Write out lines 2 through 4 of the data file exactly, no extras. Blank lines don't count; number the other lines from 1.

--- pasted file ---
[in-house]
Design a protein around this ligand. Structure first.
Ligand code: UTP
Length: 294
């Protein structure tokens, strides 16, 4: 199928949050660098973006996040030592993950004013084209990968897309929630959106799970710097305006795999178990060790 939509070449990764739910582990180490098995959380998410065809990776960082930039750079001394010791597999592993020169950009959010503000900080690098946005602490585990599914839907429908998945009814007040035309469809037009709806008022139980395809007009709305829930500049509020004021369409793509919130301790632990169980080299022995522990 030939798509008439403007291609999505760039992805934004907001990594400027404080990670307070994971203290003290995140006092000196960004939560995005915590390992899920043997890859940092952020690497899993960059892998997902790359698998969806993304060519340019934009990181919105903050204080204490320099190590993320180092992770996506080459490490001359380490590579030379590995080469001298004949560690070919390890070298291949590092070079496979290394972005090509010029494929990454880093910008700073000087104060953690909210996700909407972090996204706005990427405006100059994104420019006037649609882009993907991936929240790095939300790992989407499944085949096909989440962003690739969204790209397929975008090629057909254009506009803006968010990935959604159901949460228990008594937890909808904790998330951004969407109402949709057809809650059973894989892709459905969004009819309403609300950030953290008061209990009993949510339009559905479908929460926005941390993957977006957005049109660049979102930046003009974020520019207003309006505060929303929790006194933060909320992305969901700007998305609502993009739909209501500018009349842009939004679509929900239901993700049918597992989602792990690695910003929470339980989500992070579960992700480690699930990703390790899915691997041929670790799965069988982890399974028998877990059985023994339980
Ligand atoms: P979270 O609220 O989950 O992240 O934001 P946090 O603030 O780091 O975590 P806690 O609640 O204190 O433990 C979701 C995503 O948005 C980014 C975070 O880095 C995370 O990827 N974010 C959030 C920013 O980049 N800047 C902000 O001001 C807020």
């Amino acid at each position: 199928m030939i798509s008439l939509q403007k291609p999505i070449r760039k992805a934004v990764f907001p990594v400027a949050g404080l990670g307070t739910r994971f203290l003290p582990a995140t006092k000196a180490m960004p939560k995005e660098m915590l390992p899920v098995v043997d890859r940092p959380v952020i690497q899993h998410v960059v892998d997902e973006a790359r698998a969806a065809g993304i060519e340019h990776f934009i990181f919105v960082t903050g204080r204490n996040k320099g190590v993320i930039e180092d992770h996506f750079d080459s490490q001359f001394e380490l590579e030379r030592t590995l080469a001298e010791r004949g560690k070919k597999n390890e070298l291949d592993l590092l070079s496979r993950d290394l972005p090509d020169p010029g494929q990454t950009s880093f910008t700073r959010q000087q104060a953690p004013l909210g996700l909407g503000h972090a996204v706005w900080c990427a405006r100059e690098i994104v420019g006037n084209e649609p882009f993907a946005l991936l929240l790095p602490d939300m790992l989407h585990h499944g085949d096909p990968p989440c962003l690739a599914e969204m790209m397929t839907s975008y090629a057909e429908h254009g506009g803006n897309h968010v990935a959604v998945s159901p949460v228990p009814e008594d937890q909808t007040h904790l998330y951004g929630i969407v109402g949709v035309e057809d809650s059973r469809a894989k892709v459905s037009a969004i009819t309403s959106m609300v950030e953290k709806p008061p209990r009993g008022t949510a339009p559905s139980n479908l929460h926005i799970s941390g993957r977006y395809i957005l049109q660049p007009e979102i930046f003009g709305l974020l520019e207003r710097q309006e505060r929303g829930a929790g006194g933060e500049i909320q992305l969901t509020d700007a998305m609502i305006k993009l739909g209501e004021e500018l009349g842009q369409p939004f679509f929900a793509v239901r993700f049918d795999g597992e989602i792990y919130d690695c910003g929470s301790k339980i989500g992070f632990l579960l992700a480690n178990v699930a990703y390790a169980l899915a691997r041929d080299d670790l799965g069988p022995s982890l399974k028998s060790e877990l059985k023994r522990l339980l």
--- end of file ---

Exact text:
Design a protein around this ligand. Structure first.
Ligand code: UTP
Length: 294